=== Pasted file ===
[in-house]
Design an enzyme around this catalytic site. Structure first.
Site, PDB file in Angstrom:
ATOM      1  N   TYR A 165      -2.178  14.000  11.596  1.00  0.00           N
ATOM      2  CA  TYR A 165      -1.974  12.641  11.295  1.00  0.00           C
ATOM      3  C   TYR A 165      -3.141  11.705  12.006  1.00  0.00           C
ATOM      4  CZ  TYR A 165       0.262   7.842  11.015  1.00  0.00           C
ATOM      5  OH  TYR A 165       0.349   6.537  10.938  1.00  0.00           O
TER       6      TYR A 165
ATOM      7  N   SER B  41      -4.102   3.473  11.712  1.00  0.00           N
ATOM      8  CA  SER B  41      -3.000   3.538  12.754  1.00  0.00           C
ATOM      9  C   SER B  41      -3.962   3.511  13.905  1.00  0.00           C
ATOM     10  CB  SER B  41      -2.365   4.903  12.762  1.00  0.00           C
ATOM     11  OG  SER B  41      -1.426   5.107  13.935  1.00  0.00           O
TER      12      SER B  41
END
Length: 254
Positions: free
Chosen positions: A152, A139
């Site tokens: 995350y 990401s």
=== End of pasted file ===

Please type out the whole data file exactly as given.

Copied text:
[in-house]
Design an enzyme around this catalytic site. Structure first.
Site, PDB file in Angstrom:
ATOM      1  N   TYR A 165      -2.178  14.000  11.596  1.00  0.00           N
ATOM      2  CA  TYR A 165      -1.974  12.641  11.295  1.00  0.00           C
ATOM      3  C   TYR A 165      -3.141  11.705  12.006  1.00  0.00           C
ATOM      4  CZ  TYR A 165       0.262   7.842  11.015  1.00  0.00           C
ATOM      5  OH  TYR A 165       0.349   6.537  10.938  1.00  0.00           O
TER       6      TYR A 165
ATOM      7  N   SER B  41      -4.102   3.473  11.712  1.00  0.00           N
ATOM      8  CA  SER B  41      -3.000   3.538  12.754  1.00  0.00           C
ATOM      9  C   SER B  41      -3.962   3.511  13.905  1.00  0.00           C
ATOM     10  CB  SER B  41      -2.365   4.903  12.762  1.00  0.00           C
ATOM     11  OG  SER B  41      -1.426   5.107  13.935  1.00  0.00           O
TER      12      SER B  41
END
Length: 254
Positions: free
Chosen positions: A152, A139
């Site tokens: 995350y 990401s």